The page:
You're right though- men need physical touch and don't understand why we, as mothers, aren't ABLE to give it to them. At least not willingly ;-) It's so hard sometimes just to want to kiss my husband. It's not that I don't love him or find him attractive, I've just been giving so much love and affection to my son all day long that I want to be left alone.
It sounds awful doesn't it? I'm sure I would have never thought as a FTM that I would ever, EVER write those words. But it happens. It happens to almost everyone (if not everyone). DH and I had talked about how we were such a great team and we had game plans in place for different scenarios and such, we thought we could definitely avoid all the problems we saw with our (again, happily married but extremely frustrated) friends who had new babies. We could do better than them! We could avoid communication issues and problems with intimacy! We talked about all the ways parenting could change our relationship (ha, how little did we know) and we were READY to take on those challenges.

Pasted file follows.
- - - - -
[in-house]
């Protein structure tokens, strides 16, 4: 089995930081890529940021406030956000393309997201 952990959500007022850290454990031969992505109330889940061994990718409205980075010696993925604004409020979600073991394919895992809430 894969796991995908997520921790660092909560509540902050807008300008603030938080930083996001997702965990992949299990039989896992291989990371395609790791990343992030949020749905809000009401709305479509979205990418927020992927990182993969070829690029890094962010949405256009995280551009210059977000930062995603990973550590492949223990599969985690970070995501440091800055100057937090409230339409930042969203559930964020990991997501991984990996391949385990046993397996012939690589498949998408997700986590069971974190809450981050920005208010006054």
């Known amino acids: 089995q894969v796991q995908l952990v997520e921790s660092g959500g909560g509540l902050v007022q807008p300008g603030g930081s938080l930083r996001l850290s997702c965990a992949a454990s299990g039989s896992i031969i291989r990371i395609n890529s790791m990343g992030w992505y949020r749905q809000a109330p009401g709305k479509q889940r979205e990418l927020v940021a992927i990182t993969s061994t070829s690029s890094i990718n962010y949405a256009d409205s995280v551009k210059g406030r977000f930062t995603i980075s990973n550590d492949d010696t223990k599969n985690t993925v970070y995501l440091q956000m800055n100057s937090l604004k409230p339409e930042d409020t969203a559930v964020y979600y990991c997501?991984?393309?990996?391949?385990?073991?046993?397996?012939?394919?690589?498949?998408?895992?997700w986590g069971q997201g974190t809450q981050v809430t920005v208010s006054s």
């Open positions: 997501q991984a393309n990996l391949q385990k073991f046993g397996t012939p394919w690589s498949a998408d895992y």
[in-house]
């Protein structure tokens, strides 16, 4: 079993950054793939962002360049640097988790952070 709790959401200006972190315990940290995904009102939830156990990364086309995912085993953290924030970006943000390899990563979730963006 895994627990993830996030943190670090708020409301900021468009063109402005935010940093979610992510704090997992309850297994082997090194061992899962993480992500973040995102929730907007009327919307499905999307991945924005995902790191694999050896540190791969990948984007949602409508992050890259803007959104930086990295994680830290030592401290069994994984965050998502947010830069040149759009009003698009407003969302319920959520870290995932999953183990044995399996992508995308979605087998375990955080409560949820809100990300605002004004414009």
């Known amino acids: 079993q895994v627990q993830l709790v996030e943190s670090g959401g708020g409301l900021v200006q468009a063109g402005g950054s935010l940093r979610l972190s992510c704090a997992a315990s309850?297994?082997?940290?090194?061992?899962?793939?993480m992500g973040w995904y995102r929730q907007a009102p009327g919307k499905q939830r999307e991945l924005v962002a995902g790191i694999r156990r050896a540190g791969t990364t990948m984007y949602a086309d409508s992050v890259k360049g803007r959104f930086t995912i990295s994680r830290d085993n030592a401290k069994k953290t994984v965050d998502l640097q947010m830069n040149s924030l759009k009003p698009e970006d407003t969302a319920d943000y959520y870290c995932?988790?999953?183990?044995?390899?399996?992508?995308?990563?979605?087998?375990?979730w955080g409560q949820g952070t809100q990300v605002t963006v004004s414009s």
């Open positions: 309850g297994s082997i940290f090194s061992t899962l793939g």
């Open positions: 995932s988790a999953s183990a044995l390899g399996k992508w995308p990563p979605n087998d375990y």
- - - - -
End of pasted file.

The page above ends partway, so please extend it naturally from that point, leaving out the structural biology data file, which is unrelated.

Yeah, and then at 6 weeks post-partum we were at our wit's end and the hard talks started. They haven't stopped since. We lose our tempers, we don't give enough affection, we get frustrated at not having enough "me" time or enough "couple" time. We want different things at different times (I want intimacy when he is tired, he wants intimacy when I am tired), we have different expectations and standards, we see things differently. Now, we are happily married and we definitely don't fight often, but when it happens it is DEEP issues (mostly we just cannot see the other's point of view, which we are all seeing now as we are pregnant, like the OP mentioned, and our DH's can't understand that experience). Also, my DH and I are as alike as they come, and we love each other deeply and are really great communicators, but at the end of the day we are not the same person. It's just how it is. And having a child to care for, who takes your attention, who is the center of your world REALLY messes things up. Like I said, it's normal. But it's also necessary to communicate in as much as we possibly can, and unfortunately (especially during the first few months) finding time to do that is nearly impossible. Unless you want to try to have a conversation over a screaming child while changing a diaper, or while your partner is nodding off from exhaustion.